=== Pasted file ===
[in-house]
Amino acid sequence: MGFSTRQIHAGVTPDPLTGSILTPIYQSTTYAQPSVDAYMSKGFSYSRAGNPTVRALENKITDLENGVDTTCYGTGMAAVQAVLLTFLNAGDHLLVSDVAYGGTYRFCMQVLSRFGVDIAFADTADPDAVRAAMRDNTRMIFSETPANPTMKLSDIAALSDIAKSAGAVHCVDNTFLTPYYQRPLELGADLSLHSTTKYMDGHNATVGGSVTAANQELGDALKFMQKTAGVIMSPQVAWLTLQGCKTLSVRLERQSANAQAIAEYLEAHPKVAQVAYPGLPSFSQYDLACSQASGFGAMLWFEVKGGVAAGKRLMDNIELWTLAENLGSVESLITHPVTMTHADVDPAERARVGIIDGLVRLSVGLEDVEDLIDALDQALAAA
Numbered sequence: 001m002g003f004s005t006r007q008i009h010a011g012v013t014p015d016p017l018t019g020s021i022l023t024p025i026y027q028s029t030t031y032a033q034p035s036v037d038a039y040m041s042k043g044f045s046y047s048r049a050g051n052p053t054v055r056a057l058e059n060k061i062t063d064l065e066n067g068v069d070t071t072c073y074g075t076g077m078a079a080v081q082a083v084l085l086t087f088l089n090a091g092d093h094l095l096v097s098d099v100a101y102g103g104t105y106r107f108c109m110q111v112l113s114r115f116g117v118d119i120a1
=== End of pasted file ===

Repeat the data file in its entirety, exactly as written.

[in-house]
Amino acid sequence: MGFSTRQIHAGVTPDPLTGSILTPIYQSTTYAQPSVDAYMSKGFSYSRAGNPTVRALENKITDLENGVDTTCYGTGMAAVQAVLLTFLNAGDHLLVSDVAYGGTYRFCMQVLSRFGVDIAFADTADPDAVRAAMRDNTRMIFSETPANPTMKLSDIAALSDIAKSAGAVHCVDNTFLTPYYQRPLELGADLSLHSTTKYMDGHNATVGGSVTAANQELGDALKFMQKTAGVIMSPQVAWLTLQGCKTLSVRLERQSANAQAIAEYLEAHPKVAQVAYPGLPSFSQYDLACSQASGFGAMLWFEVKGGVAAGKRLMDNIELWTLAENLGSVESLITHPVTMTHADVDPAERARVGIIDGLVRLSVGLEDVEDLIDALDQALAAA
Numbered sequence: 001m002g003f004s005t006r007q008i009h010a011g012v013t014p015d016p017l018t019g020s021i022l023t024p025i026y027q028s029t030t031y032a033q034p035s036v037d038a039y040m041s042k043g044f045s046y047s048r049a050g051n052p053t054v055r056a057l058e059n060k061i062t063d064l065e066n067g068v069d070t071t072c073y074g075t076g077m078a079a080v081q082a083v084l085l086t087f088l089n090a091g092d093h094l095l096v097s098d099v100a101y102g103g104t105y106r107f108c109m110q111v112l113s114r115f116g117v118d119i120a1